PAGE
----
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7 Ways to Make Everyone on Facebook Hate Your Baby Before It’s Born

7 Ways to Make Everyone on Facebook Hate Your Baby Before It’s Born

You just found out that you’re pregnant – congratulations are in order! There are probably a lot of things on your mind right now like baby expenses, cheese fries, every sad moment from the movie Up, diapers, tacos, “When We Were Young” by Adele, breastfeeding, hot fudge sundaes, that moment last month when an elderly woman tried to make small talk with you in line at Macy’s but you were in a rush and you just weren’t in the mood to be social but when you laid in bed that night you just imagined her going home to a big house that’s empty save for dusty photos of children and grandchildren who live too far away and don’t call as often as they should, maternity clothes, pooping during delivery, and pickles. You’re also probably in the early stages of figuring how to be a good – or at least competent – parent. Well, before you start baby proofing your entire existence, we – your friends and followers – have one simple request: please don’t make us hate your spawn before its born.

We don’t want to hate your baby. At least, not yet. There’s plenty of time for your kid to transition from little bundle of joy to little jerk, but until he or she does something truly worthy of our disdain like crying incessantly at the Olive Garden, we want to enjoy him or her. We want to share in your joy during this special time in your life, but please learn from the mistakes of your pregnant predecessors. In the past, some of your peers have ruined their children for us. It’s unfortunate, but they left us no choice. From the pregnancy announcement with the little pair of shoes, to 62 photos of the the gender reveal cake, to the never-ending bump updates, we were already sick of their babies before they were even brought into the world. We think you’re different though; you’re not going to be one of those moms. Even though you already have a lot on your mind, please be mindful that these seven things may result in our untimely abhorrence of your new addition.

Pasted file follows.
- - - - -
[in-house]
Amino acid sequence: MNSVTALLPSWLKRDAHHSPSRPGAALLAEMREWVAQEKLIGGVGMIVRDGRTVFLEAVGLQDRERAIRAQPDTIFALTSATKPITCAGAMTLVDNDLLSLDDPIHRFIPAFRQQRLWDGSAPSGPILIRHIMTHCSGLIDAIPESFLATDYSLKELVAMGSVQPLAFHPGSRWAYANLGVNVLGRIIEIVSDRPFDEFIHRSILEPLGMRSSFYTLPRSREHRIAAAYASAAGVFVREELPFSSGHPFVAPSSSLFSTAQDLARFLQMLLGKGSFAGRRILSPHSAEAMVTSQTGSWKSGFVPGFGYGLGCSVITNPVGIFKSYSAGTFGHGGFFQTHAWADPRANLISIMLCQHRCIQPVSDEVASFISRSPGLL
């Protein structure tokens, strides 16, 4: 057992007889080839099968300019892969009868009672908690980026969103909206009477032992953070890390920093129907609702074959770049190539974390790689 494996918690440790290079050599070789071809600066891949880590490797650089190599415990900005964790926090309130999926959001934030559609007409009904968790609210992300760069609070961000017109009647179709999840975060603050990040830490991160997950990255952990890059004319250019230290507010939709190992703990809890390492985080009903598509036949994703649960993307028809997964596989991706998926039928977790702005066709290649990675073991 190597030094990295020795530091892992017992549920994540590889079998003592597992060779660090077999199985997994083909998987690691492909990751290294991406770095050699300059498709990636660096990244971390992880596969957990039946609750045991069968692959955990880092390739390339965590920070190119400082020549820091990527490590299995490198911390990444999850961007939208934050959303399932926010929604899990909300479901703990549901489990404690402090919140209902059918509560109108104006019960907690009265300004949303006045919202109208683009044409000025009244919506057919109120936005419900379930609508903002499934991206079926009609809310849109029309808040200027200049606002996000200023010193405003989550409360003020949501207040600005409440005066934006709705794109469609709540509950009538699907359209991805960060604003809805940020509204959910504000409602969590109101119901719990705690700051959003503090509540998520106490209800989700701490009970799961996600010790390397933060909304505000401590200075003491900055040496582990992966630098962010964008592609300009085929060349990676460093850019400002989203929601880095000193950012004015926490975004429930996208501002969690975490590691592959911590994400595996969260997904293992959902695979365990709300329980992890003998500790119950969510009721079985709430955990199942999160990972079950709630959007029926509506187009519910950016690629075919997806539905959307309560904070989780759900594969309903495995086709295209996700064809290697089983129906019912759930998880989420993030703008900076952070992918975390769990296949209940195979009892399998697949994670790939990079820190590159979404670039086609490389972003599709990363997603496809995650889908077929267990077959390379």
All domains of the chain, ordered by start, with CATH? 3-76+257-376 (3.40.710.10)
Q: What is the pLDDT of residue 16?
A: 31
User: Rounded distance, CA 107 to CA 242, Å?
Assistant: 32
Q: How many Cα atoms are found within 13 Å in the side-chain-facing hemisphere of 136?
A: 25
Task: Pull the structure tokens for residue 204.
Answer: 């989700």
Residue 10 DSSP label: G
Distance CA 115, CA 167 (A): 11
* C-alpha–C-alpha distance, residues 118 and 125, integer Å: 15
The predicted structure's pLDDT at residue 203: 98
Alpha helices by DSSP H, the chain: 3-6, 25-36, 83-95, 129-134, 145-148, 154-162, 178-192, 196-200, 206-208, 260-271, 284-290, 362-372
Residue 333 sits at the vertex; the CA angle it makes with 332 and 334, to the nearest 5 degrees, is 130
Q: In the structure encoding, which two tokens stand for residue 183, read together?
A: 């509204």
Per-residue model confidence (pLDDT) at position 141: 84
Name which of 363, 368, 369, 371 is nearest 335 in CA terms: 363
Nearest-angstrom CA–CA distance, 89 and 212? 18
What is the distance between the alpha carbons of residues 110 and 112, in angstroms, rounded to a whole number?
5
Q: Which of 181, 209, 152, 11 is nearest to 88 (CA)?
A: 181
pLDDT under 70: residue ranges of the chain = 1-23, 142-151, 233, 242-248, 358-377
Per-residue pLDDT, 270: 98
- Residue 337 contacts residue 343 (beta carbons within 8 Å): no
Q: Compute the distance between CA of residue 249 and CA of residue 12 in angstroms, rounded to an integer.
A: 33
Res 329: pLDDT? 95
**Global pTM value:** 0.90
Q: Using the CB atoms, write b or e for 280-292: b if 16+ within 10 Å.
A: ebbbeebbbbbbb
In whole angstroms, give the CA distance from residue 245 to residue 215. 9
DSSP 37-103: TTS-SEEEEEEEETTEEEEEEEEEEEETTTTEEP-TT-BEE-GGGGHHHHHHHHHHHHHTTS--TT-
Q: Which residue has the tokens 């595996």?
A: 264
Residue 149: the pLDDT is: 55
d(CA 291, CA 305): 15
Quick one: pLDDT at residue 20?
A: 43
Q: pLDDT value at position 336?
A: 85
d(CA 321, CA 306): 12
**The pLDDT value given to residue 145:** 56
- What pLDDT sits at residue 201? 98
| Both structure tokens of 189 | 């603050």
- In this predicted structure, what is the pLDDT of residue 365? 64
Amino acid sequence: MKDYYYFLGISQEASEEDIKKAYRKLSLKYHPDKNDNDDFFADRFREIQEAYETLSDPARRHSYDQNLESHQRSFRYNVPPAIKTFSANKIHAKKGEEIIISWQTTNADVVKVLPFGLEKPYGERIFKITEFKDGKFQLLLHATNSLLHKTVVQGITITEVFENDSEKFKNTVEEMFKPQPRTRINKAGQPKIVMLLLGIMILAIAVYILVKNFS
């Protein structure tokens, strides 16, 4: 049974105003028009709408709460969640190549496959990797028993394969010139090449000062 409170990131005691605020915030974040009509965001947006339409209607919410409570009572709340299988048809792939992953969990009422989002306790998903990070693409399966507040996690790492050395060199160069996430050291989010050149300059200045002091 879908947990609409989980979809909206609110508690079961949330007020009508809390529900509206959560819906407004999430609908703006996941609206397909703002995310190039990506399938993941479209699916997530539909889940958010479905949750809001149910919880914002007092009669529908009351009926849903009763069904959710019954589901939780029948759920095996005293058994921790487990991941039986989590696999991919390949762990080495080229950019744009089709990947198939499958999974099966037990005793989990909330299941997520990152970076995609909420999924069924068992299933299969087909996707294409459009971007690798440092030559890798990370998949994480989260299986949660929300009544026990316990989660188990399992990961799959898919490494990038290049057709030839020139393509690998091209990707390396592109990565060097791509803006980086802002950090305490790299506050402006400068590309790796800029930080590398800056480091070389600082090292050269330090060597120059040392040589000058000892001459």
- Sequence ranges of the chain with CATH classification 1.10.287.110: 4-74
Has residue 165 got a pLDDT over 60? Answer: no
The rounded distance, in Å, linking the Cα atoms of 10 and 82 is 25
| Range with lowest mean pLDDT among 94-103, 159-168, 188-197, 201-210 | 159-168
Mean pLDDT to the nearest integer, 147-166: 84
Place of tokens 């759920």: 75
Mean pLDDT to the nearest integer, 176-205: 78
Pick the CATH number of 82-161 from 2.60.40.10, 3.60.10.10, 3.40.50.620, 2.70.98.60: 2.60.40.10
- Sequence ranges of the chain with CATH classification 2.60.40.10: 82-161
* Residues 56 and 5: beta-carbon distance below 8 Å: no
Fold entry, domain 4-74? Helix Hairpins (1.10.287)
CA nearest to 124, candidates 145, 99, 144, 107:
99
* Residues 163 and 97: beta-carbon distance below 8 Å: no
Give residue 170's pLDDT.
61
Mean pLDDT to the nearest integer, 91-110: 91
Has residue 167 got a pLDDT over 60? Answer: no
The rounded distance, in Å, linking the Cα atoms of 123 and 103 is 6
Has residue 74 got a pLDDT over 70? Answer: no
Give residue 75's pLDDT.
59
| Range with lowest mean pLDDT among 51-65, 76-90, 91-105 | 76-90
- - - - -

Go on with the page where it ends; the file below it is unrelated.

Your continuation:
1. Providing a detailed description of who your baby looks like based on a grainy ultrasound that could easily be a Photoshopped black and white picture of a pineapple.

Bragging about how your sweet little angel has her grandmother’s cheekbones despite not actually having any bones yet puts us on edge. The more obscure the body part, the worse it is. We don’t know what to do with the knowledge that your son has his father’s elbows. Nothing make us less excited to see your kid outside of the womb quite like publishing bi-weekly portraits of your baby that are about as detailed as a suspect description from a witness that was five blocks away from where the crime happened.

2. Telling the world how big your baby is relative to a food item every week it grows.

Look, we’re fully committed to going on this journey with you, from the day baby Aspen was only as big as an edamame bean to her present-day size: a ripe cantaloupe. But aside from contextualizing the baby weight you’ve gained while simultaneously reminding us of the elementary school library classic, There Was An Old Lady Who Swallowed a Fly, these posts are awful. We don’t want to be hungry for sweet potato pie while skimming a post about your sweet potato-sized baby–it makes us feel like the witch from Hansel and Gretel.

3. Posting baby bump pictures every single day, but failing to clean the toothpaste spittle off of your bathroom mirror.

Please give that mirror a once-over with a paper towel and some Windex, because those white toothpaste droplets are distracting us from your belly’s growth. On Day 1, your belly was 300 times the size of the spit stain, but now at Day 30 you’re getting close to the 700x mark. Thanks to those distracting spots, we couldn’t notice any changes from Day 2 – Day 29.

Also, how is that Neutrogena cleanser working out for you? Does it make your skin dry?

4. Sharing baby name ideas that sound like they must be a joke but are actually real options you’re considering bestowing upon a powerless being that’s relying on you to be its first advocate in this cruel, unforgiving world.